and unashamedly adopt, and please see also my sig, below.
  9. eightyeightfan1

    eightyeightfan1 Now I'm AMP'd

    I worked at a local bottle making company, just three years ago.
    Our plastic came in big cardboard boxes, but was offloaded from those covered hopper cars.
    It depended on the type of plastic as to the size of the pellets. HDPE, and LDPE(High[Low] Density Poly-Ethylene) came in pellets about 3/16th of an inch in diameter. PVC(Poly-Vinyal Chloride), came in pellets, maybe 1/8th of an inch, because it took a higher heat to melt.
    The pellet color is either clear(PVC), or a neutral(we called it natural) color. Color, which came in pellets also, was added during the mixing process. There was a formula for colorizing the plastic(weight of color, to natural), that would give you the color. Too much color, wrong color, too much natural, lightens the color.
    The pellets are so small, you could a small pile of Woodland Sceneics "Snow", to simulate spillage, which, by the way, was very small. More like a pile of sand a loco would leave when sanding the wheels for traction. What spillage that occurs, would be the twenty or so pelltes in the pipe, when the connection was made.With the price of raw plastic, very little was wasted, and was immediatly cleaned up.
  10. MasonJar

    MasonJar It's not rocket surgery

    The pictures Cid provided are close to what I remember at the Union Carbide factory near where I grew up. There was what seemed to me at the time to be a surprising amount of spillage from the covered hoppers - all kinds of colours, all along the tracks. I remember being able to scoop up lots in one handful, so they were probably BB-sized or maybe a bit bigger.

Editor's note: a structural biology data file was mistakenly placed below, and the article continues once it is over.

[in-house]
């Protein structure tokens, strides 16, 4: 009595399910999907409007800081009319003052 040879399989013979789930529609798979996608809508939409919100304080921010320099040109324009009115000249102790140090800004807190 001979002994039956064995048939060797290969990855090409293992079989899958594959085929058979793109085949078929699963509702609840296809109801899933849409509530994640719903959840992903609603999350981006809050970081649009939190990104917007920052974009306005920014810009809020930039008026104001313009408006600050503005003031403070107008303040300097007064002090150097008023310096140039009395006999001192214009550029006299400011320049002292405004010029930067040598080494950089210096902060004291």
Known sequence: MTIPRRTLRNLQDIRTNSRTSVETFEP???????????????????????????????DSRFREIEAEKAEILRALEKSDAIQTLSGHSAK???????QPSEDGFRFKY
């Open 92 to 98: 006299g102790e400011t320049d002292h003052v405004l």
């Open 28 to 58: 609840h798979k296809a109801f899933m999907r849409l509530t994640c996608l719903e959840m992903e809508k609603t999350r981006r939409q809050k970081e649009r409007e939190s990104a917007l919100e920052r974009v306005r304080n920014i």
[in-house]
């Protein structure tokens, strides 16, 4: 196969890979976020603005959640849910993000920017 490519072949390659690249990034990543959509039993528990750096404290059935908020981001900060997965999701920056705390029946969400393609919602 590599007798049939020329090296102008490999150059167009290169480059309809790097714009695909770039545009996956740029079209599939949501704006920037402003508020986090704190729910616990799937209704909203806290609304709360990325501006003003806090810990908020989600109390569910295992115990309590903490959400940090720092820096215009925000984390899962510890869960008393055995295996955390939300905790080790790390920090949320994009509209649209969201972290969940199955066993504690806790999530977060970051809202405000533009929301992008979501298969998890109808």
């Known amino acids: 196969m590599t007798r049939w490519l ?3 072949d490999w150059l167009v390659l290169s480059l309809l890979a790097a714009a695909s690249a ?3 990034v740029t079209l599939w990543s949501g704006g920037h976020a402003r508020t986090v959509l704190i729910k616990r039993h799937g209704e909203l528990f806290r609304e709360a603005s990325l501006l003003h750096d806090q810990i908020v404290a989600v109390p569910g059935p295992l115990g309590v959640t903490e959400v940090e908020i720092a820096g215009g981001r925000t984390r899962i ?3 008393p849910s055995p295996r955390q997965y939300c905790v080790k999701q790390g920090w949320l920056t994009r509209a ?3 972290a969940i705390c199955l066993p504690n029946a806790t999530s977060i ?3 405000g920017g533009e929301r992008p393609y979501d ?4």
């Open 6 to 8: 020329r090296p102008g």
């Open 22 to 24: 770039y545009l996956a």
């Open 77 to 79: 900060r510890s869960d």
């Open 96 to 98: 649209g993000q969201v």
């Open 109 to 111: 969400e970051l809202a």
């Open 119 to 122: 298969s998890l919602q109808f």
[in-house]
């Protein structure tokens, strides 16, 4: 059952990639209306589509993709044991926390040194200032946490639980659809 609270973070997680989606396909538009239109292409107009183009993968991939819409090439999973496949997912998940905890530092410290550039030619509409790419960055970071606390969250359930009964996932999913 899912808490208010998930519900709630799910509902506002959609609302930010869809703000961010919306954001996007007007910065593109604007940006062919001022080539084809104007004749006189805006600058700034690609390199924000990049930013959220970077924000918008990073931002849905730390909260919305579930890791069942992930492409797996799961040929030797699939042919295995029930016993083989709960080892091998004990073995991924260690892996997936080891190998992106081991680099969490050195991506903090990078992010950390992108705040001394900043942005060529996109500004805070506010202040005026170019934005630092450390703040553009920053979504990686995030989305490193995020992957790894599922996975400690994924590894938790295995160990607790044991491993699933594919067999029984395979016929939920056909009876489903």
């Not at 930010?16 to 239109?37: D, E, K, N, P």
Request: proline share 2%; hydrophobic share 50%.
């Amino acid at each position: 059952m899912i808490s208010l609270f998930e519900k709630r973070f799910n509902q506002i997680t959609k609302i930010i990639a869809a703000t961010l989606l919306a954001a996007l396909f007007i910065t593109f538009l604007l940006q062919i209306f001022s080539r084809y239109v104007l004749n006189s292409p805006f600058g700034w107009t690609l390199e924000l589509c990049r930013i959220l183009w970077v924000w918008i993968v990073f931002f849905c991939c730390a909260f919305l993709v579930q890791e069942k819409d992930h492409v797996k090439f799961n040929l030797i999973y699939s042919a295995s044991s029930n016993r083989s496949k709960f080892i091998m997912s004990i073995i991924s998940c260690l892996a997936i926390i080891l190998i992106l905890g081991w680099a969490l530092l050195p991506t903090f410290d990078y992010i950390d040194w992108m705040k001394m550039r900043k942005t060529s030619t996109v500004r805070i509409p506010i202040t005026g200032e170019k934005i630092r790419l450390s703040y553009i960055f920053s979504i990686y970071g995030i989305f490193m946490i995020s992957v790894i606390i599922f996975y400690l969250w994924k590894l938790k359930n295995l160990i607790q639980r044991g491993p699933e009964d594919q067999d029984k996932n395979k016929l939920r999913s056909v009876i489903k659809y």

As for modelling, you might try to find some garishly coloured fine aquarium gravel or sand - that would definitely make it stand out, and not be mistaken for sand, ballast, flour, or whatever.

  11. Yep, I've worked with the stuff, and it's well described above - a narrow 1/8" or so rod that's been chopped into 3/16" +/- pellets. Also, FWIW, styrene (which most of our models are made of), is naturally clear and quite brittle (think of the clear windshield parts) - in addition to color, elasticisers are added.
  12. sumpter250

    sumpter250 multiscale modelbuilder

    Thanks for that question!, and thanks to all who responded. This has been one of the better threads on this board, educational, and well presented, so, once again, from this moderator, Thank You!
  13. tomustang

    tomustang Has Entered.

    Plastic pellets, they vary in size from a tip of a pencil to a pea, I've worked in many fields in plastics and very different strands, from the basic most common ethylenes to the stronger polyamides, almost any color.

    The shape varies depending on the extrusion process when it is created into a pellet

    Yes they would be found, If, they unloaded the pellets, which was almost impossible not to since what we did was open both sides of the bottom hatch and stick a wand in the pipe to suck the pellets out to put them into a hopper, they would fall out.

    How to model these loads, their centerflow hoppers, not really much detail you need cept for the hopper and a pipe to meet up with the hopper
  14. Mountain Man

    Mountain Man Active Member

    The pellets are small, and come in any color desired depending on what the manufacturer is making. Recycled stuff is usually whiter or grey, but only a small percentage of recycled plastic can be used per batch of new stuff.

    Bbig batches come in hoppers, but often pellets come in large, pre-measured amounts in plastic bags for batch loading into mixers.

    If you want scale "pellet stuff" try a product called "Repti-Sand made for use as substrate in reptile habitats. Available from PetsMart, PetCo and places like SCales'N'Tails.